Iowa Fiduciary Estate Planning

Breaking Down All Things 401(K)

Iowa is known for many things, including corn and pork production, political caucuses, and the Iowa State Fair. But retirement planning? Not so much. Here’s why you need to pay attention to your 401(k) and why it is one of the best options you have to save for retirement.

If you are a pre-retiree still in the workforce, you may have heard of a 401(k) plan. Many companies offer retirement plans to their employees as part of their benefits package, the most common being a 401(k). There are multiple reasons to participate in 401(k) plans, such as tax advantages to employer matching and more. But before you start contributing to your employer’s 401(k) plan, it’s important to fully understand how it works and the rules surrounding it. Continue reading to learn more about what a 401(k) is, how it works, the benefits, and key rules.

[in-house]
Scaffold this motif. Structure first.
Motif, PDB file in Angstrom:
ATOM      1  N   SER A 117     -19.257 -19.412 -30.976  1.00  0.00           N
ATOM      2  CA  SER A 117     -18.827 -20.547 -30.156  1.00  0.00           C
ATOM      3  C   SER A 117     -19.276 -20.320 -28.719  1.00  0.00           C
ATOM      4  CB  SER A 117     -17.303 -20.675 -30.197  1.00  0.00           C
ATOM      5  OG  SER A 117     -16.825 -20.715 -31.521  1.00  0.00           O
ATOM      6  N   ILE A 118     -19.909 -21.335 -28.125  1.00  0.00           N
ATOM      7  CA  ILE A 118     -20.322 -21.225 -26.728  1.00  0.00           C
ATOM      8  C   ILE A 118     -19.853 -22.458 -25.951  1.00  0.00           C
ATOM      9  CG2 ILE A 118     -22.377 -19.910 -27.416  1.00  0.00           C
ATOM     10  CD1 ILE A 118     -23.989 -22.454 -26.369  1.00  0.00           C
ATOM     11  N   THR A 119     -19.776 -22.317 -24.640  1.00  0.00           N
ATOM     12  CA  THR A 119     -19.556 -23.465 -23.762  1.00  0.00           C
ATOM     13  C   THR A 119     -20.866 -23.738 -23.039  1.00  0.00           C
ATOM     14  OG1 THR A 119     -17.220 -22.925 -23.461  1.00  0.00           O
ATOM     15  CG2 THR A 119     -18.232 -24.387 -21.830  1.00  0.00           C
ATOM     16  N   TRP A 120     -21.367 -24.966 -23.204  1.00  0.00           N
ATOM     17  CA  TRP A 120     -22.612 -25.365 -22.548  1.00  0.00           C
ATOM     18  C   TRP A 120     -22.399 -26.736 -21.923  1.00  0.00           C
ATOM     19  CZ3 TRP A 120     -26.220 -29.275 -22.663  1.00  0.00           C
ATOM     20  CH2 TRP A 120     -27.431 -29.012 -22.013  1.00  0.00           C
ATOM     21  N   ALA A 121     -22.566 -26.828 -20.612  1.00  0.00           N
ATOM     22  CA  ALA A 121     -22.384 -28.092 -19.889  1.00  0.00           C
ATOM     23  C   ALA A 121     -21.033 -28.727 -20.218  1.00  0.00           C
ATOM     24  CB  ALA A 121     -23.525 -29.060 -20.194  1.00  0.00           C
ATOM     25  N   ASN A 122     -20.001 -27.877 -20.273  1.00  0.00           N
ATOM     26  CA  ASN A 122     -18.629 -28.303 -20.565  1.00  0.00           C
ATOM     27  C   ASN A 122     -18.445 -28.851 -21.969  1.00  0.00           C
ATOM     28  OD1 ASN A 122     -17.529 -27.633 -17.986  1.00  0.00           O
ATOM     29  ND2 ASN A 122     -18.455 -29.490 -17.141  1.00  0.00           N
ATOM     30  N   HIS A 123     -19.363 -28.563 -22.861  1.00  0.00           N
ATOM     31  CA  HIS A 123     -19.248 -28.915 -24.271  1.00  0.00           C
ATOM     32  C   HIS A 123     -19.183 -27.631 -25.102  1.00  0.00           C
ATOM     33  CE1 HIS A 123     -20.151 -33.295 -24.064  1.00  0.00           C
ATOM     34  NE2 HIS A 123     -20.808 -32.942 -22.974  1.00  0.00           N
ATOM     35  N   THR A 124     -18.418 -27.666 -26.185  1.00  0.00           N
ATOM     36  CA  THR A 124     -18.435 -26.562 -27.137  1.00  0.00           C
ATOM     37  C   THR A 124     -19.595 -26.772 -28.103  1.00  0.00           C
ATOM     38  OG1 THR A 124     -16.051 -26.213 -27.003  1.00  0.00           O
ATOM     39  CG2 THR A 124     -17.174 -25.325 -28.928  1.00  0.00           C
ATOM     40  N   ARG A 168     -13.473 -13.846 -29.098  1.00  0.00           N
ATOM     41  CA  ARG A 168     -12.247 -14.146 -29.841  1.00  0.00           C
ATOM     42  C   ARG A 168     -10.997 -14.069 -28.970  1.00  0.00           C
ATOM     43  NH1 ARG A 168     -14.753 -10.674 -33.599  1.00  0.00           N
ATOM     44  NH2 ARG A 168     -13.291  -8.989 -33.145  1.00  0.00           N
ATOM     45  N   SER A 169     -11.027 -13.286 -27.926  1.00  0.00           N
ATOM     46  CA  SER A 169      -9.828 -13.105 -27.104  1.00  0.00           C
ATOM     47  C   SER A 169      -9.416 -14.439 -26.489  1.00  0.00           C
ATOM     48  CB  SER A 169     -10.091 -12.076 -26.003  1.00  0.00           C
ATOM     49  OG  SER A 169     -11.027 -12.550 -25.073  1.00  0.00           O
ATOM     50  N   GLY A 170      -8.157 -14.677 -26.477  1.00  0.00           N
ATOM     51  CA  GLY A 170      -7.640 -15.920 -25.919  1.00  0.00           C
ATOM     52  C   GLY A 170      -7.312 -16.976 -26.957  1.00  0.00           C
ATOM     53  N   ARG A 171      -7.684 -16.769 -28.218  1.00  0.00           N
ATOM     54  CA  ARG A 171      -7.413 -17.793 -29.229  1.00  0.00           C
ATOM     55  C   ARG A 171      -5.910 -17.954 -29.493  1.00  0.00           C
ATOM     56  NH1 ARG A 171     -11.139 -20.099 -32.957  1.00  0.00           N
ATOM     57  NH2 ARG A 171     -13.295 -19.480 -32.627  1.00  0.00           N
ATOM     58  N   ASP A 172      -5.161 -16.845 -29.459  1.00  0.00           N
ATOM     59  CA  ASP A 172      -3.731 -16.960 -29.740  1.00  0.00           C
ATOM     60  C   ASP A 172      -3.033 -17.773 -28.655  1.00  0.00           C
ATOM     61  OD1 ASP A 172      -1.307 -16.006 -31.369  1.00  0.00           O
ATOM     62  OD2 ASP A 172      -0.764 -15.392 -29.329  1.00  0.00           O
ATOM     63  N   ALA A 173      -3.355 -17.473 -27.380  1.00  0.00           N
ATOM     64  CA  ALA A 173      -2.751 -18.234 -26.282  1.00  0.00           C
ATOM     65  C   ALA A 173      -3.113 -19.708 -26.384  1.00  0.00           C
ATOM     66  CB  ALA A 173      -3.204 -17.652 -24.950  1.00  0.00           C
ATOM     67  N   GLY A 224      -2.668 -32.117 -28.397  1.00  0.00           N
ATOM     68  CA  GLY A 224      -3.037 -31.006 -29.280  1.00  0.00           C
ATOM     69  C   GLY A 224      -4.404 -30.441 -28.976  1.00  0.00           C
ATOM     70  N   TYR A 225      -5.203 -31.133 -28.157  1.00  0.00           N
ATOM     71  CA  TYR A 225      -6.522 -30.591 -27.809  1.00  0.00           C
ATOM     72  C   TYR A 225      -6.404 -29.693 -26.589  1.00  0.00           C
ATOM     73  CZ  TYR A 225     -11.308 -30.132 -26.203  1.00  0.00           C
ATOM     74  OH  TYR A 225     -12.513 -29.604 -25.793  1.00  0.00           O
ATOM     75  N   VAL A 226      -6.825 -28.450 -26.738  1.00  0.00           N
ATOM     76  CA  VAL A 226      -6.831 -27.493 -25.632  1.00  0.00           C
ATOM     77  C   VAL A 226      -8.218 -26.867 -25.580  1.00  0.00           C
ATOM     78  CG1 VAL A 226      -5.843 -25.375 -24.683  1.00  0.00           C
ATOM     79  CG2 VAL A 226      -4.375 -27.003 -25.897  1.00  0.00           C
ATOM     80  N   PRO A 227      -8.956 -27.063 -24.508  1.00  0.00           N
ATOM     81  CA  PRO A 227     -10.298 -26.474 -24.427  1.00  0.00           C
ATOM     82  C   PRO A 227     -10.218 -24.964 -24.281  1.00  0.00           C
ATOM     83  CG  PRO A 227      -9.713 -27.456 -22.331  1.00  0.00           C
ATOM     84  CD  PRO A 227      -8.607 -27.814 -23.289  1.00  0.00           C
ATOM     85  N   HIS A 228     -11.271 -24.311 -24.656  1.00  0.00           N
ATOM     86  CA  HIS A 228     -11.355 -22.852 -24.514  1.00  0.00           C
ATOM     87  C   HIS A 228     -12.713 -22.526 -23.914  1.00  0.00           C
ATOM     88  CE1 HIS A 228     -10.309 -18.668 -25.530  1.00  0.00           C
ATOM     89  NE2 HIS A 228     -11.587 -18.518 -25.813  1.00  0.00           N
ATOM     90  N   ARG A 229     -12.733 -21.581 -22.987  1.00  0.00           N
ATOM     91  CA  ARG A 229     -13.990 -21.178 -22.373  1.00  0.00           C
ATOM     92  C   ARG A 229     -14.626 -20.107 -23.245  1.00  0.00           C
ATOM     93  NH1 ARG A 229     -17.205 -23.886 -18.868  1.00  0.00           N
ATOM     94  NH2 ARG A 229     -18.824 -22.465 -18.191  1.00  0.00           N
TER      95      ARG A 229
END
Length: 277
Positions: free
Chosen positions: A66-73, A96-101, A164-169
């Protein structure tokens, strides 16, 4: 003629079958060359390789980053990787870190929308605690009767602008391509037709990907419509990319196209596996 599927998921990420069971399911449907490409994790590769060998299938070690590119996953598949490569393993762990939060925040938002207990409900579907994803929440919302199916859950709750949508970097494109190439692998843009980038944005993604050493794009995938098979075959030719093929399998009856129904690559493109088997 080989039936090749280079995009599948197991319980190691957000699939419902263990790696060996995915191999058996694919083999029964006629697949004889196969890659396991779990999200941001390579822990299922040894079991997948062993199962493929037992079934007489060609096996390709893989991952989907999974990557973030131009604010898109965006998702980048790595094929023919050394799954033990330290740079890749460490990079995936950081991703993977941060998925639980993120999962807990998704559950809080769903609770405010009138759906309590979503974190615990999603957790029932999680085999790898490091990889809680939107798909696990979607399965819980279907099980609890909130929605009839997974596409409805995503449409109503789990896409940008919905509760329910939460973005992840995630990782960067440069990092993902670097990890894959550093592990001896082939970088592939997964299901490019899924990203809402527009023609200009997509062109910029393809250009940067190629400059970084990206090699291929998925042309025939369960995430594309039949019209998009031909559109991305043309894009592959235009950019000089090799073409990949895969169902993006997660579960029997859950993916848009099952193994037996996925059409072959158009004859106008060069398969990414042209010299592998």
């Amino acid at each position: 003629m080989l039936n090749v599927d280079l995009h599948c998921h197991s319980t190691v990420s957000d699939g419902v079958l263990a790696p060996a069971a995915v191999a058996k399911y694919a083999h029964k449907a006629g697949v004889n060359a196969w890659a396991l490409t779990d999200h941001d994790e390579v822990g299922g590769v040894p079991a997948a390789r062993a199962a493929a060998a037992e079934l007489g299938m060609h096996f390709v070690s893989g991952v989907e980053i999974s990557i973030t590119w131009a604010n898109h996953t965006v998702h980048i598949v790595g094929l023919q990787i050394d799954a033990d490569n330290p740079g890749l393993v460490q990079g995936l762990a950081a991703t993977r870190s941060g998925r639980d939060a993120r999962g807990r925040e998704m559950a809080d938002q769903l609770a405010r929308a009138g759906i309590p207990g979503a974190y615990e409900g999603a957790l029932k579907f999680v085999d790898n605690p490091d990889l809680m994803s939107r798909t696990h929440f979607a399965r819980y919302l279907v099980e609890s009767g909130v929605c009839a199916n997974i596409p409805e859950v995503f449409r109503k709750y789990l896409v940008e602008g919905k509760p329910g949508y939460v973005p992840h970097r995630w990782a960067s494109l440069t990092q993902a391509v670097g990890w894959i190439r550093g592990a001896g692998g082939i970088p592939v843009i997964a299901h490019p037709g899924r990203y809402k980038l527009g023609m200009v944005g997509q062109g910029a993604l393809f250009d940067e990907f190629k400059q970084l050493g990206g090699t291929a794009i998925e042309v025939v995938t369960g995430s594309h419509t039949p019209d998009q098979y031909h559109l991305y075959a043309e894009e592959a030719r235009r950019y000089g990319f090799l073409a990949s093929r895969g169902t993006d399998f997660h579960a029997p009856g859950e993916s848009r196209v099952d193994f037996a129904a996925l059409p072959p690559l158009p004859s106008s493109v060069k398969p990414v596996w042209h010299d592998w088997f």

What is a 401(k)? 

A 401(k) is an employer-sponsored retirement savings plan that allows employees to contribute a portion of their salary into a long-term investment account through regular, automatic paycheck deductions. Additionally, 401(k)s give employees tax breaks on the money they contribute. Depending on the type of plan you have, the tax break comes either immediately when you contribute the money, or later when you withdraw in retirement. 

Types of 401(k) Plans